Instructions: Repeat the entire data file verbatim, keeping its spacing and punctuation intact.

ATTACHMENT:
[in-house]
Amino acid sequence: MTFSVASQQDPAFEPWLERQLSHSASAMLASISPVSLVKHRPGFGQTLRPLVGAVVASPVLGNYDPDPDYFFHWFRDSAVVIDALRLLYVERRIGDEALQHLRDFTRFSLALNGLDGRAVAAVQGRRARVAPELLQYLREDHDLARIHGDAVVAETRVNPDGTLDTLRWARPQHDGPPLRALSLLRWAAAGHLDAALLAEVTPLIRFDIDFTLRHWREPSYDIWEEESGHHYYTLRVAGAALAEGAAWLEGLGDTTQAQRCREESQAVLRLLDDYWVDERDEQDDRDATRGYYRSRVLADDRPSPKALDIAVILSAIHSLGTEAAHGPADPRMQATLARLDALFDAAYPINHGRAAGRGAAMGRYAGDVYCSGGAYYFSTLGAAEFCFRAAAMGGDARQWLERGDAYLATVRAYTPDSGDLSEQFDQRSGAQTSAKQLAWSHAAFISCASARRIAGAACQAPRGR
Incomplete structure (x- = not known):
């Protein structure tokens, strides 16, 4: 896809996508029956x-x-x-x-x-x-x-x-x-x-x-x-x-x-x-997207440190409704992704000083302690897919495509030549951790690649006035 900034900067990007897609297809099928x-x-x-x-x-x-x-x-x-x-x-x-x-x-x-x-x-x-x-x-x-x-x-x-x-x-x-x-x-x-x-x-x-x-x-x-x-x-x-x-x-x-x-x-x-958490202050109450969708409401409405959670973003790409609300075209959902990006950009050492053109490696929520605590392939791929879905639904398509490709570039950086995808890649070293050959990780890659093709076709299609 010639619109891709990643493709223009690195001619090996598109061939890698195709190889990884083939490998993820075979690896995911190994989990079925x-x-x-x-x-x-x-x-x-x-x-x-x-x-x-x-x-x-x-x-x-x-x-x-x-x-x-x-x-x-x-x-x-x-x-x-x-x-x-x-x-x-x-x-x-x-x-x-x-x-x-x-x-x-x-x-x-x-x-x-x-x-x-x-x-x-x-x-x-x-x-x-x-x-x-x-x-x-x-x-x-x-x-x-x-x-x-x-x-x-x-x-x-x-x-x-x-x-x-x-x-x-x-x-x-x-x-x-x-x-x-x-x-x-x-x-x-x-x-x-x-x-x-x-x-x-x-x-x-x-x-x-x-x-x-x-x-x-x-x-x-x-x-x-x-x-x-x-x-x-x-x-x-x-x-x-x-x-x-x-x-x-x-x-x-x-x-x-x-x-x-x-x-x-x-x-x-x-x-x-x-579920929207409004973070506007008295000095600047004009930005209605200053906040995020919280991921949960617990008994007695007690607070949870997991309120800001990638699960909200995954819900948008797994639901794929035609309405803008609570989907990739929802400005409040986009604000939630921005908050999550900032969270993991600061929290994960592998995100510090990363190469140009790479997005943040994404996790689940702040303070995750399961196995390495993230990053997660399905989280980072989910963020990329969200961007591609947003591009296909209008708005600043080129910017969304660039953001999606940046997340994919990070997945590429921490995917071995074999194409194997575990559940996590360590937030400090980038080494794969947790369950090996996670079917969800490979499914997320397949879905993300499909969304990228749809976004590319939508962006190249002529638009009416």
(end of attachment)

[in-house]
Amino acid sequence: MTFSVASQQDPAFEPWLERQLSHSASAMLASISPVSLVKHRPGFGQTLRPLVGAVVASPVLGNYDPDPDYFFHWFRDSAVVIDALRLLYVERRIGDEALQHLRDFTRFSLALNGLDGRAVAAVQGRRARVAPELLQYLREDHDLARIHGDAVVAETRVNPDGTLDTLRWARPQHDGPPLRALSLLRWAAAGHLDAALLAEVTPLIRFDIDFTLRHWREPSYDIWEEESGHHYYTLRVAGAALAEGAAWLEGLGDTTQAQRCREESQAVLRLLDDYWVDERDEQDDRDATRGYYRSRVLADDRPSPKALDIAVILSAIHSLGTEAAHGPADPRMQATLARLDALFDAAYPINHGRAAGRGAAMGRYAGDVYCSGGAYYFSTLGAAEFCFRAAAMGGDARQWLERGDAYLATVRAYTPDSGDLSEQFDQRSGAQTSAKQLAWSHAAFISCASARRIAGAACQAPRGR
Incomplete structure (x- = not known):
């Protein structure tokens, strides 16, 4: 896809996508029956x-x-x-x-x-x-x-x-x-x-x-x-x-x-x-997207440190409704992704000083302690897919495509030549951790690649006035 900034900067990007897609297809099928x-x-x-x-x-x-x-x-x-x-x-x-x-x-x-x-x-x-x-x-x-x-x-x-x-x-x-x-x-x-x-x-x-x-x-x-x-x-x-x-x-x-x-x-x-958490202050109450969708409401409405959670973003790409609300075209959902990006950009050492053109490696929520605590392939791929879905639904398509490709570039950086995808890649070293050959990780890659093709076709299609 010639619109891709990643493709223009690195001619090996598109061939890698195709190889990884083939490998993820075979690896995911190994989990079925x-x-x-x-x-x-x-x-x-x-x-x-x-x-x-x-x-x-x-x-x-x-x-x-x-x-x-x-x-x-x-x-x-x-x-x-x-x-x-x-x-x-x-x-x-x-x-x-x-x-x-x-x-x-x-x-x-x-x-x-x-x-x-x-x-x-x-x-x-x-x-x-x-x-x-x-x-x-x-x-x-x-x-x-x-x-x-x-x-x-x-x-x-x-x-x-x-x-x-x-x-x-x-x-x-x-x-x-x-x-x-x-x-x-x-x-x-x-x-x-x-x-x-x-x-x-x-x-x-x-x-x-x-x-x-x-x-x-x-x-x-x-x-x-x-x-x-x-x-x-x-x-x-x-x-x-x-x-x-x-x-x-x-x-x-x-x-x-x-x-x-x-x-x-x-x-x-x-x-x-x-579920929207409004973070506007008295000095600047004009930005209605200053906040995020919280991921949960617990008994007695007690607070949870997991309120800001990638699960909200995954819900948008797994639901794929035609309405803008609570989907990739929802400005409040986009604000939630921005908050999550900032969270993991600061929290994960592998995100510090990363190469140009790479997005943040994404996790689940702040303070995750399961196995390495993230990053997660399905989280980072989910963020990329969200961007591609947003591009296909209008708005600043080129910017969304660039953001999606940046997340994919990070997945590429921490995917071995074999194409194997575990559940996590360590937030400090980038080494794969947790369950090996996670079917969800490979499914997320397949879905993300499909969304990228749809976004590319939508962006190249002529638009009416």